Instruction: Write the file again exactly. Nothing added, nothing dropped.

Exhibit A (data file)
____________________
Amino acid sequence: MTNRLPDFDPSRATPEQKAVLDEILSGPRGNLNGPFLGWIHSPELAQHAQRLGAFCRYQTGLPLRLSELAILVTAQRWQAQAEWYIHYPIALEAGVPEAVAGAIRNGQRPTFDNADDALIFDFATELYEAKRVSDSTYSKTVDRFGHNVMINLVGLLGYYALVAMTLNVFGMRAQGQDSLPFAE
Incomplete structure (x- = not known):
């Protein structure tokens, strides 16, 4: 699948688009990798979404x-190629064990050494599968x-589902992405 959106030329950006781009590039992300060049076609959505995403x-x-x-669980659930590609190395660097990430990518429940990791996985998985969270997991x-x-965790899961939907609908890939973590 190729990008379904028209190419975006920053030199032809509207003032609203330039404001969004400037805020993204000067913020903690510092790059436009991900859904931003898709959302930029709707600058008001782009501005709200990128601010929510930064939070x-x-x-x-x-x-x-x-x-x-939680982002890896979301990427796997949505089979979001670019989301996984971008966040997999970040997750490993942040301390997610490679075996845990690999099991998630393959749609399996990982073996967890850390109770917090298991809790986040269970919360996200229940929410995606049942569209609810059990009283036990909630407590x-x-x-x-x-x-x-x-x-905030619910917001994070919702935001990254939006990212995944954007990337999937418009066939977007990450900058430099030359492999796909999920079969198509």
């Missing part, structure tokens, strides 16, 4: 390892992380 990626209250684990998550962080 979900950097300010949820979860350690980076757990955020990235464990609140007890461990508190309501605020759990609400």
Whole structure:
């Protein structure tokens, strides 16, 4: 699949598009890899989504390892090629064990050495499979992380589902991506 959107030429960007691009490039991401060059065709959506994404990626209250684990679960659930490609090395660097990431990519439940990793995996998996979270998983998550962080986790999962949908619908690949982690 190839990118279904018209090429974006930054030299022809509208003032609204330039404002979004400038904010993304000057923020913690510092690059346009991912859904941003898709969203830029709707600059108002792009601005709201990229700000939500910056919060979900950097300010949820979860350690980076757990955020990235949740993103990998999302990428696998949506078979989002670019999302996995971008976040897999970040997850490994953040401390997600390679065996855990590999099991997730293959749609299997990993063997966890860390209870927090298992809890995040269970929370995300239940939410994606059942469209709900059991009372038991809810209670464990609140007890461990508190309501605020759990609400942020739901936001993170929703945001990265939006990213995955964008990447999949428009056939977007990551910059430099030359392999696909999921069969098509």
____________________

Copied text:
Amino acid sequence: MTNRLPDFDPSRATPEQKAVLDEILSGPRGNLNGPFLGWIHSPELAQHAQRLGAFCRYQTGLPLRLSELAILVTAQRWQAQAEWYIHYPIALEAGVPEAVAGAIRNGQRPTFDNADDALIFDFATELYEAKRVSDSTYSKTVDRFGHNVMINLVGLLGYYALVAMTLNVFGMRAQGQDSLPFAE
Incomplete structure (x- = not known):
């Protein structure tokens, strides 16, 4: 699948688009990798979404x-190629064990050494599968x-589902992405 959106030329950006781009590039992300060049076609959505995403x-x-x-669980659930590609190395660097990430990518429940990791996985998985969270997991x-x-965790899961939907609908890939973590 190729990008379904028209190419975006920053030199032809509207003032609203330039404001969004400037805020993204000067913020903690510092790059436009991900859904931003898709959302930029709707600058008001782009501005709200990128601010929510930064939070x-x-x-x-x-x-x-x-x-x-939680982002890896979301990427796997949505089979979001670019989301996984971008966040997999970040997750490993942040301390997610490679075996845990690999099991998630393959749609399996990982073996967890850390109770917090298991809790986040269970919360996200229940929410995606049942569209609810059990009283036990909630407590x-x-x-x-x-x-x-x-x-905030619910917001994070919702935001990254939006990212995944954007990337999937418009066939977007990450900058430099030359492999796909999920079969198509």
């Missing part, structure tokens, strides 16, 4: 390892992380 990626209250684990998550962080 979900950097300010949820979860350690980076757990955020990235464990609140007890461990508190309501605020759990609400």
Whole structure:
């Protein structure tokens, strides 16, 4: 699949598009890899989504390892090629064990050495499979992380589902991506 959107030429960007691009490039991401060059065709959506994404990626209250684990679960659930490609090395660097990431990519439940990793995996998996979270998983998550962080986790999962949908619908690949982690 190839990118279904018209090429974006930054030299022809509208003032609204330039404002979004400038904010993304000057923020913690510092690059346009991912859904941003898709969203830029709707600059108002792009601005709201990229700000939500910056919060979900950097300010949820979860350690980076757990955020990235949740993103990998999302990428696998949506078979989002670019999302996995971008976040897999970040997850490994953040401390997600390679065996855990590999099991997730293959749609299997990993063997966890860390209870927090298992809890995040269970929370995300239940939410994606059942469209709900059991009372038991809810209670464990609140007890461990508190309501605020759990609400942020739901936001993170929703945001990265939006990213995955964008990447999949428009056939977007990551910059430099030359392999696909999921069969098509």